Judy Thorburn's Movie Reviews
The Hateful Eight | Samuel L. Jackson, Kurt Russell, Jennifer Jason Leigh, Walton Goggins, Bruce Dern, Demian Bichir, Tim Roth, Channing Tatum, Michael Madsen | Review
- Category: Judy Thorburn
- Published on 25 December 2015
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The Hateful Eight
Writer/director Quentin Tarantino pays home to the western genre with his eighth film, The Hateful Eight, a story about eight unsavory characters stranded in a one room haberdashery during a Wyoming blizzard. A big fan of Sergio Leone's spaghetti westerns of the 1960's, Tarantino brought aboard Leone's legendary composer Ennio Morricone to do the score.
The time period is a few years after the Civil War. Bounty hunter John Ruth, aka The Hangman (a scruffy, walrus mustached Kurt Russell) and his prisoner, the murderous Daisy Domergue (Jennifer Jason Leigh) are on a stagecoach heading to the town of Red Rock where she will be hanged and he will get the $10,000 bounty that was placed on her head. On their way, they pick up the snowbound Major Marquis Warren (Samuel L. Jackson) a black former union soldier turned infamous bounty hunter who carries a personal letter from Abraham Lincoln in his coat pocket, and Chris Mannix (Walter Goggins) a southern renegade who claims to be the town's new Sheriff.
When the snowstorm becomes too much to bare, the four seek refuge at Minnie's Haberdashery, a remote outpost , where they encounter four souls of questionable intentions, each with their own story, to complete the hateful eight of the title. There is Confederate General Sanford Smithers (Bruce Dern) a cantankerous old timer and bigot, British hangman Oswaldo Mobray (Tim Roth, doing his best Christoph Waltz impersonation); Joe Gage (Michael Madsen) a cowboy that doesn't talk much but says he is on his way to spend Christmas with his mother; and a Mexican, referred to as Senor Bob (Demian Bechir) who is running the place while the proprietors, Minnie (Dana Gourrier) and Sweet Dave are away.
With a running time of three hours, complete with overture at the beginning and an intermission, Tarantino insisted that the film be shot in Ultra Panavision 70mm. That really didn't seem necessary since the majority of the story is staged like a play, in one room. Nevertheless, Tarantino has the power to make a movie any way he wants and if this is what he demanded, than so be it.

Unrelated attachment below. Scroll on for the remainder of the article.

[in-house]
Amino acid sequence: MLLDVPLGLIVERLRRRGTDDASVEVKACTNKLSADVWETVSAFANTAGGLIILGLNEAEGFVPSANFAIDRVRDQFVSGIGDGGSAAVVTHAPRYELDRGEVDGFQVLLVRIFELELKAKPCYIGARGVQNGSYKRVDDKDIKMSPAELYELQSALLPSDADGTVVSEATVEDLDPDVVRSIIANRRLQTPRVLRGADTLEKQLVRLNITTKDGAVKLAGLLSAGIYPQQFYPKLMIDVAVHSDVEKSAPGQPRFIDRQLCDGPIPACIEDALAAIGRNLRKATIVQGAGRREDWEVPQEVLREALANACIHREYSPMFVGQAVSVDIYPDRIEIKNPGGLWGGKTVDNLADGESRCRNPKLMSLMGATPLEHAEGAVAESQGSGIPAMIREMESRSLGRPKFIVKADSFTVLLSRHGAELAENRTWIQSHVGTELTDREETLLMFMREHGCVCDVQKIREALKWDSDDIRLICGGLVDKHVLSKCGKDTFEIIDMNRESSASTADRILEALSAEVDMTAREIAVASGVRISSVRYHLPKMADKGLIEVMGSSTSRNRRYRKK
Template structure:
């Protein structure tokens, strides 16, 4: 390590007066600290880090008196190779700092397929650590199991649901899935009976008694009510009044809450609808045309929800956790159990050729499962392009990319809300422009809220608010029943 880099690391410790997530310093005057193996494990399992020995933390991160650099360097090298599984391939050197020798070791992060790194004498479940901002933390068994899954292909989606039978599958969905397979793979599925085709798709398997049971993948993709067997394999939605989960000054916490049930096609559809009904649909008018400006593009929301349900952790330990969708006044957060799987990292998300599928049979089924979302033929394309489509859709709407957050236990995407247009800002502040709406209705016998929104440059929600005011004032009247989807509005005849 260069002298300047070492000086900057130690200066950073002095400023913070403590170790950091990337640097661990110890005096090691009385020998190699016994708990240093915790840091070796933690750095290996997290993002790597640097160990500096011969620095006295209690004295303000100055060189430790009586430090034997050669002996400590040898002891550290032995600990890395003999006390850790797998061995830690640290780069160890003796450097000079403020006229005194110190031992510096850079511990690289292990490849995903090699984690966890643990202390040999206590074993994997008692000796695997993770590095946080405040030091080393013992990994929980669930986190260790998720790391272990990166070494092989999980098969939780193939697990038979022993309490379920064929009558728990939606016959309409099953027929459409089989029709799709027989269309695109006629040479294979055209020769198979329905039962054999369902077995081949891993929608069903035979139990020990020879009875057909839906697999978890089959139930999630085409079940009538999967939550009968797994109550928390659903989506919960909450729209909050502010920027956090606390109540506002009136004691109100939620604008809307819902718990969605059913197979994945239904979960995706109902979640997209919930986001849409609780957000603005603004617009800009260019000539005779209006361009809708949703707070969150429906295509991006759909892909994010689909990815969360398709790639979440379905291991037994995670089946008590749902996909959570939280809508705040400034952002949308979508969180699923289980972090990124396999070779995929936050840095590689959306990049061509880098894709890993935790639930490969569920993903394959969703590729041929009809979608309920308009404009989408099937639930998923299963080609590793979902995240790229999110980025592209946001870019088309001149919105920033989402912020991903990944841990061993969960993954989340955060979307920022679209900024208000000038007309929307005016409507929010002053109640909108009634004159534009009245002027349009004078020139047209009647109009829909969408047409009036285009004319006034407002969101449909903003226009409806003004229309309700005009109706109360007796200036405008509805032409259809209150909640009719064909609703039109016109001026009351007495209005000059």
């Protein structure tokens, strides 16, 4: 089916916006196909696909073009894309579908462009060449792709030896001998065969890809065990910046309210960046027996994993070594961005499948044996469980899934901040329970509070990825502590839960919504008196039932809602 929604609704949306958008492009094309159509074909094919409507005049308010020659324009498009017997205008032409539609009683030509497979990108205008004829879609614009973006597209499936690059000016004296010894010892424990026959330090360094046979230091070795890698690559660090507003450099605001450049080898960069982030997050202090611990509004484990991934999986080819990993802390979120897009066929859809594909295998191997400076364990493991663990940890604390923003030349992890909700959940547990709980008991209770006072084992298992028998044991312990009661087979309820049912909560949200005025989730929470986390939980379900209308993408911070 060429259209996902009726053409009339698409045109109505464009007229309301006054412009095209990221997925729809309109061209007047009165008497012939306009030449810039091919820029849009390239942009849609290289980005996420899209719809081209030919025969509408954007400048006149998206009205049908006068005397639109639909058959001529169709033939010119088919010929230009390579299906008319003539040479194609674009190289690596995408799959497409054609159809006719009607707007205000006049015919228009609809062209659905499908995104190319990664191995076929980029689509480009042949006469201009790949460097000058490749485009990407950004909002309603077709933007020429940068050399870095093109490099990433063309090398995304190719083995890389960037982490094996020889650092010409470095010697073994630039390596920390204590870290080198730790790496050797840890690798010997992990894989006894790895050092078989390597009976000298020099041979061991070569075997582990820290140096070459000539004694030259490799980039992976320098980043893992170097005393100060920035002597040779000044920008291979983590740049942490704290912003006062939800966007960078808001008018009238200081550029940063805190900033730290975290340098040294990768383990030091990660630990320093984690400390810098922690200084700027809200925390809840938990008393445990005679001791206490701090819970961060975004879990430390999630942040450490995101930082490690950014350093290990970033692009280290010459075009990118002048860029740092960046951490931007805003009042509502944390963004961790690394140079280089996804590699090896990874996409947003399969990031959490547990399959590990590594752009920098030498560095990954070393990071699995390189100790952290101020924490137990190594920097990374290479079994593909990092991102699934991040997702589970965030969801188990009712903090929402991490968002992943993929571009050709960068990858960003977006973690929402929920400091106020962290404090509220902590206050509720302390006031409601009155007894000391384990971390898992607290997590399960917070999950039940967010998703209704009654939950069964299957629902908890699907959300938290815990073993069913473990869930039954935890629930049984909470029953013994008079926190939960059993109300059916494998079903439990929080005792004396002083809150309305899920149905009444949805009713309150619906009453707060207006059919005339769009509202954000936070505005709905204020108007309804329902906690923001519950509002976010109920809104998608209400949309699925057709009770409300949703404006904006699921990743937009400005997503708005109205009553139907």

The first half features lots of talk, talk, talk, and more talk before it is gradually revealed that some of these characters have a nasty secret and are not what they appear to be. Who is lying and for what reason? Guess you will have to be patient and wait to find out.
Confrontations, heated arguments and verbal attacks ensue involving ugly issues of racial bigotry, repetitive use of the N and F word and other foul language. With his signature witty and powerful dialogue that brings things to boiling point, culminating with an explosion of over the top, brutal, graphic and bloody violence, it is just what you expect from a Tarantino film.
By incorporating flashbacks that add pieces to the puzzle, the mystery slowly but surely unravels with people getting obliterated by one means or another including poison. It's a virtual who done it, whereby the process of elimination, like a game of Ten Little Indians, comes into play.
A bit too long and drawn out before the sh-t hits the fan, The Hateful Eight doesn't stand as Tarantino's best film to date, although the fantastic ensemble cast deserves accolades. Each of the players are terrific with Jackson and Russell leading the pack and Jennifer Jason Leigh, more than holds her own and is a force to reckon with as the treacherous female, the only woman among this despicable bunch, although I question why Tarantino felt the need to have her character get punched in the face repeatedly.
I can't say I love this film, nor did I hate it. Just don't be hate'n on me, if I choose to leave it at that.